- Class: Senior
- Major: English
- Gender: F
- High School: Walt Whitman High School
- Transfer Student: N
The best thing about Bucknell is our professors. They are not only incredibly intelligent, as one would expect professors at an institution with Bucknell's reputation to be, but are also dedicated. They come onto campus on weekends, schedule hours outside of class to help you, and are, to put it plainly, visibly devoted to their jobs. One thing I would change about Bucknell is the homogeneity of our campus. I do not come from a rich family, and I consider myself to be very down to earth, and although I have definitely found my niche at Bucknell, it was honestly much more difficult than I would have liked. It is disheartening to see students looking down upon those that hold an on-campus job, or upon those of us that are not in a sorority. One gripe I have regarding the administration is its lack of concern for current student concerns. Our administration at the present seems to be more concerned with building an endowment and getting donations from alumni and parents, that it ignores many student needs. Too many times have I appealed to a member of the administration only to be shot down without even a "well, let's meet and talk about it."
Academics at Bucknell are amazing. Our professors are dedicated, and our class sizes are ideal. We boast of our reputation as the largest liberal arts college that is able to maintain great student-teacher relationships and small class sizes. I am an English major, and have overall been satisfied with my classes. One particular professor, who taught Medieval literature, would schedule office hours with all of his students every week to talk about paper topics and the reading material. He held a few classes downtown in a restaurant and bought us breakfast, courtesy of the English department. He actively tries to help students publish their work and attain internships in the community. Additionally, I am a member of the English club, and our funding is amazing. Several times per semester, we all get copies of a book of our choice, and then the English department sponsors an outing at a local restaurant, during which we eat and talk about the book. Unfortunately, my experience with my other major, East Asian Studies, has been less than satisfactory. This is due, for the most part, to deficiencies in funding rather than to the efforts of the professors. The East Asian Studies department is fairly small, and I have taken classes with only 4 professors throughout my four years here. I am forced to take an introductory class that is intended to be a cross-cultural analysis of all of East Asia; however, the professor who teaches it is under-qualified, using class time to channel the textbook, both in terms of language and content. He fails to answer most question that are asked, simply because he does not know the answers. It is the most useless and infuriating experience that I have had thus far at Bucknell.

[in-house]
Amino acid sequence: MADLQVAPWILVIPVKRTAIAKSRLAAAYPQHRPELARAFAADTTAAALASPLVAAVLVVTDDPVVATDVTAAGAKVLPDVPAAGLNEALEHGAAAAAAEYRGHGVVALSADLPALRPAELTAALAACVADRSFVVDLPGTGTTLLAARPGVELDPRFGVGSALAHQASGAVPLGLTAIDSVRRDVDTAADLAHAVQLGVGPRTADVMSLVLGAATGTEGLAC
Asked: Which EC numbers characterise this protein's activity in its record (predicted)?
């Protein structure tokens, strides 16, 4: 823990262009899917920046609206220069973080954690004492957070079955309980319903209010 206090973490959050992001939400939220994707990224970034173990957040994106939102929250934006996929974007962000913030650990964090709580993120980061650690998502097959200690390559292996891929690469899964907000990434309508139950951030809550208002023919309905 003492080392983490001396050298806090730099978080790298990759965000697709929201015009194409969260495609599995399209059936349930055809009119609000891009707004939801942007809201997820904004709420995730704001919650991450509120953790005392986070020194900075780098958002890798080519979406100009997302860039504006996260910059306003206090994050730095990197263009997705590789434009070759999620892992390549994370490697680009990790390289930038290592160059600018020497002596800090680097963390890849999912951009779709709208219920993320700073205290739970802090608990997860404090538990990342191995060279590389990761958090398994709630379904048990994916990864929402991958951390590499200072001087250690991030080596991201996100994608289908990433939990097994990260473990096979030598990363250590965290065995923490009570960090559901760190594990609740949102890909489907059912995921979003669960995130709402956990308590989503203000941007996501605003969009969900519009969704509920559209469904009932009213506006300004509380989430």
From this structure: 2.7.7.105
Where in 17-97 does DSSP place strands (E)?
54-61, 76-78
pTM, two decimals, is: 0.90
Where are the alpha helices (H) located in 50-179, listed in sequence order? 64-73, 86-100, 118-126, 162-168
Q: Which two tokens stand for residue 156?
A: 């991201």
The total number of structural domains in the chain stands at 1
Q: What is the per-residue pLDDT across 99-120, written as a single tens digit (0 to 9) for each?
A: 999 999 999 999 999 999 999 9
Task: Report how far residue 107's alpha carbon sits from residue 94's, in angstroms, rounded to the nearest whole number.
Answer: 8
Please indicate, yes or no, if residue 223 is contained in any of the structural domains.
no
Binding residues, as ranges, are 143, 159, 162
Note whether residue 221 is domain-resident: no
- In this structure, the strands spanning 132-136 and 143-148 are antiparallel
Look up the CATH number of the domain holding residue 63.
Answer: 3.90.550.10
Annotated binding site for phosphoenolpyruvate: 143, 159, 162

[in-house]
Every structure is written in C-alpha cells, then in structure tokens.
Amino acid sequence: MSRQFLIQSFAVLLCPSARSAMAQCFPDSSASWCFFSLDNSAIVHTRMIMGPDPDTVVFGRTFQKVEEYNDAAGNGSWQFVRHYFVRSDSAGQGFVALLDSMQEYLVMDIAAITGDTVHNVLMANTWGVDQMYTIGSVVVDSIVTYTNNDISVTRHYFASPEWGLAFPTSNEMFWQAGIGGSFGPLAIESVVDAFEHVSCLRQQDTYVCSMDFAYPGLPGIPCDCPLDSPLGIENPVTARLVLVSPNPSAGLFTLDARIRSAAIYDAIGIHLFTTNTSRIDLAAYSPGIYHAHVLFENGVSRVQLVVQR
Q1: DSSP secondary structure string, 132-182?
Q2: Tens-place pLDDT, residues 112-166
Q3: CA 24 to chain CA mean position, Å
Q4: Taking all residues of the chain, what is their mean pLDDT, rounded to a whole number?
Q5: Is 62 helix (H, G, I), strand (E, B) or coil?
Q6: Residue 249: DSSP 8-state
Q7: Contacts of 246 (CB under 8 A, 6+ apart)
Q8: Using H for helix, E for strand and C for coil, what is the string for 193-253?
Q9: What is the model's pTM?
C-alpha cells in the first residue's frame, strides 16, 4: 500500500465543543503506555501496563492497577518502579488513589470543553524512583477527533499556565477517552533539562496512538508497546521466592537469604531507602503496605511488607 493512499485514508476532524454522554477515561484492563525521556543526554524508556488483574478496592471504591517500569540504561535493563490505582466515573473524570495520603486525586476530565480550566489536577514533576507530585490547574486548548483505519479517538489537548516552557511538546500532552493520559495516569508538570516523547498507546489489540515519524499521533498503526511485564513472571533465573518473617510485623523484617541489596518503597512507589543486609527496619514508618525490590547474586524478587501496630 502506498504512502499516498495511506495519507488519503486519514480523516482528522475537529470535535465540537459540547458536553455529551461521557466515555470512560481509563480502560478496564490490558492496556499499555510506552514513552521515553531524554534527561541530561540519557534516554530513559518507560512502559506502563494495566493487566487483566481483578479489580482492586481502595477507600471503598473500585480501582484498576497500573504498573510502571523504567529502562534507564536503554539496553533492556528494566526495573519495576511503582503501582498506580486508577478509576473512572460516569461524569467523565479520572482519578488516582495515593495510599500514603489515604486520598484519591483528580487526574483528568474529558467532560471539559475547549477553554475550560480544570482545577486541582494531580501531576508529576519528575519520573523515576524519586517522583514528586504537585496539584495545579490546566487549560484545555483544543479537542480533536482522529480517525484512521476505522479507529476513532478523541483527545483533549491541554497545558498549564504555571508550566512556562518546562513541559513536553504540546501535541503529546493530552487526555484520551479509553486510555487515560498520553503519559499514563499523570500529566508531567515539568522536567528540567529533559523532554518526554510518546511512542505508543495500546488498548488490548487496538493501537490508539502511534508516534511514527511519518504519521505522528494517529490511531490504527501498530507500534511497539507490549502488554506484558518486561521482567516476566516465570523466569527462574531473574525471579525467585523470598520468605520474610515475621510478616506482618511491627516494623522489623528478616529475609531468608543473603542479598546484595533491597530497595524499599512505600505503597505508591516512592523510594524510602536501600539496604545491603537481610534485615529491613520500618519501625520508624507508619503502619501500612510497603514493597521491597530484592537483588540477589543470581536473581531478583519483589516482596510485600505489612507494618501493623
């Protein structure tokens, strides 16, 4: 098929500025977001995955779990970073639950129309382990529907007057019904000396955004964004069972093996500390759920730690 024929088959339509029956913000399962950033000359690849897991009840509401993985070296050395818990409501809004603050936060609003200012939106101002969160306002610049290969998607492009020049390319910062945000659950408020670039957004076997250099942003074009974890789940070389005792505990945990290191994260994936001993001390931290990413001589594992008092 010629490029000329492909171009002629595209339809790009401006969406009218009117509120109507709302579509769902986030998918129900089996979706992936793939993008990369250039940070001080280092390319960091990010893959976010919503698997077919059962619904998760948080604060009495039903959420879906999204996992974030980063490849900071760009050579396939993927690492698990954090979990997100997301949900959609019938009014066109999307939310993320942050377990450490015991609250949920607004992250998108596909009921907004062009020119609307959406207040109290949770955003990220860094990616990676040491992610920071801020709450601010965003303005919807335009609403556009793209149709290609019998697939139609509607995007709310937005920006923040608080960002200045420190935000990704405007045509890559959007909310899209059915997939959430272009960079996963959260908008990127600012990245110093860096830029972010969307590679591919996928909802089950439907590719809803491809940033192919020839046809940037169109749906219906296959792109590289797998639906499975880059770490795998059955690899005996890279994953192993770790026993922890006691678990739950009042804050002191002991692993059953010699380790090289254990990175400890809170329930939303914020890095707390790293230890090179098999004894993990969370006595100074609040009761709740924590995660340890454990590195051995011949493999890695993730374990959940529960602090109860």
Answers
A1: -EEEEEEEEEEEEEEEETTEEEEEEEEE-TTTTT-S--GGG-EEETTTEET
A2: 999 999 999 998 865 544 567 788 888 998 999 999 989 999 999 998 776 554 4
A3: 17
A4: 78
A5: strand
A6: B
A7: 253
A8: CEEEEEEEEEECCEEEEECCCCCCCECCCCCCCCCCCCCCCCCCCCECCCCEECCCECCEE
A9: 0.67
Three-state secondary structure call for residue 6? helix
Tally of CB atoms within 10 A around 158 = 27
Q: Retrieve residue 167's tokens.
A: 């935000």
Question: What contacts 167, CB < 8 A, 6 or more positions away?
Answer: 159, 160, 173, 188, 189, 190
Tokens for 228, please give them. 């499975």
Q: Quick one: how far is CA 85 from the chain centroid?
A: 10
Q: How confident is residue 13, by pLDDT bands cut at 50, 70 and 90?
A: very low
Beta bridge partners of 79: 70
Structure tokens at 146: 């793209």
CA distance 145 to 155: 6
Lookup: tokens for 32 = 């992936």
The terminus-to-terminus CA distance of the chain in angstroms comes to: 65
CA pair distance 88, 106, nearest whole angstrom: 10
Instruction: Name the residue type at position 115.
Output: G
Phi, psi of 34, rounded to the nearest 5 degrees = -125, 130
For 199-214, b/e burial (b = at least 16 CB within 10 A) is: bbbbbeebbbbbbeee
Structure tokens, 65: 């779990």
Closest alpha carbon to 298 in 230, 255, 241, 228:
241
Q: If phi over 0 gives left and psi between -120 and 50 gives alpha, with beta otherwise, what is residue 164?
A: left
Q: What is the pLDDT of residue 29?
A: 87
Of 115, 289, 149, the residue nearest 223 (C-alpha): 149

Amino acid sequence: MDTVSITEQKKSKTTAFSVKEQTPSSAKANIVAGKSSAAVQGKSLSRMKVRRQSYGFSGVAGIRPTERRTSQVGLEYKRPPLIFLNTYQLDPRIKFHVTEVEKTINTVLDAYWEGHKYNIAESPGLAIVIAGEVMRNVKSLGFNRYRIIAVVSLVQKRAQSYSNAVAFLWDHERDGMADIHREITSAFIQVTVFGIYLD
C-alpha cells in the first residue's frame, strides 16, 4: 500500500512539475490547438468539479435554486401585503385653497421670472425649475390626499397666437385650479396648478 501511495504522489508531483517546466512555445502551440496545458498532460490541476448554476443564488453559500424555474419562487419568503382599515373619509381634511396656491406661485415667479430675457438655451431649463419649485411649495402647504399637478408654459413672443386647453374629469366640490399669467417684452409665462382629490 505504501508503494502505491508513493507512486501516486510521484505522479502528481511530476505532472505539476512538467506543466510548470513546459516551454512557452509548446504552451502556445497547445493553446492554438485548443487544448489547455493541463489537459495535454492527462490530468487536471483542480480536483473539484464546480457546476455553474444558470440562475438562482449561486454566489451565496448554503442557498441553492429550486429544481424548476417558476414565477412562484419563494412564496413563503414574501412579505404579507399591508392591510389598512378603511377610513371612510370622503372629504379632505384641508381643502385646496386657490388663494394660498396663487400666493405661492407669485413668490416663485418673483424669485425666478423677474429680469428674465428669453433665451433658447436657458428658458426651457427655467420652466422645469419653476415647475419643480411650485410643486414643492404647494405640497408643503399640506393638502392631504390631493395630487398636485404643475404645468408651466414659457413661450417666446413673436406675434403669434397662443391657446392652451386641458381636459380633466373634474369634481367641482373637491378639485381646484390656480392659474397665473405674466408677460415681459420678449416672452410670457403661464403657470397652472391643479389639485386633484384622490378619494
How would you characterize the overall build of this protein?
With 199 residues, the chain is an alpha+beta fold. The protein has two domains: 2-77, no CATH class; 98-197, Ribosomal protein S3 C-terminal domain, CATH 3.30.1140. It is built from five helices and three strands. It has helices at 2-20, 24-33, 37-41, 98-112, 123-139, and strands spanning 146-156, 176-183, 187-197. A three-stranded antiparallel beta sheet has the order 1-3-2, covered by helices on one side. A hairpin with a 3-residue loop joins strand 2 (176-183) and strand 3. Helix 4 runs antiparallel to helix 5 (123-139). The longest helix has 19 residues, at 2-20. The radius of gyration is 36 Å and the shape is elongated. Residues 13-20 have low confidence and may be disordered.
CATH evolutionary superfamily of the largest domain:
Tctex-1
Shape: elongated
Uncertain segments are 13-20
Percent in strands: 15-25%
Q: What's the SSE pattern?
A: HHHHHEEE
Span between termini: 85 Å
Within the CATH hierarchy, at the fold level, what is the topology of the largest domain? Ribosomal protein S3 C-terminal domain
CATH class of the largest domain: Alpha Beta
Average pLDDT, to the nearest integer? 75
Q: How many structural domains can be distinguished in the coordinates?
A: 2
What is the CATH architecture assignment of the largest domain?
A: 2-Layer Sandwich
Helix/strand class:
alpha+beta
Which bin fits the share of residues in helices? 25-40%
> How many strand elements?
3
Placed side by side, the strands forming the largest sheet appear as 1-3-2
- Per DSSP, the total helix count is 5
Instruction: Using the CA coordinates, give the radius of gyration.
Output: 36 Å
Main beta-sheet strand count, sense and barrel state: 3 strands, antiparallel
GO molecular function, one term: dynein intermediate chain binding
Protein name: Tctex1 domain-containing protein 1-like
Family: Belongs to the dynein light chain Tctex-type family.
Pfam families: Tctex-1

Most students wear expensive, name-brand clothes to class. For women, pearl earrings, north face fleeces and UGG boots are a must. For males, layer those pink and white polo shirts and pop your collars. Bucknell is very uniform. Bucknell is aware that it has very little racial diversity. However, in my opinion, though it has done much on this front to improve, it has paid little attention to social and economic diversity. Many students partake in Greek life, and if you don't, you might have a tougher time finding things to do on weekends. That is not to say that it is impossible, however; Bucknell's campus has amazing performances in the Performing Arts Center, late night open mic nights at the cafe, bingo, comedy shows, poetry readings, etc. However, though these events seem great, good luck finding people to attend them with you- most students can be found at a fraternity party or at the bar on weekends. In fact, a friend of mine recently told me, "I never considered myself the type to join a sorority; however, I wanted to actually have a social life."
The Best Things
The professors and the classes
The Worst Things
The homogenous student body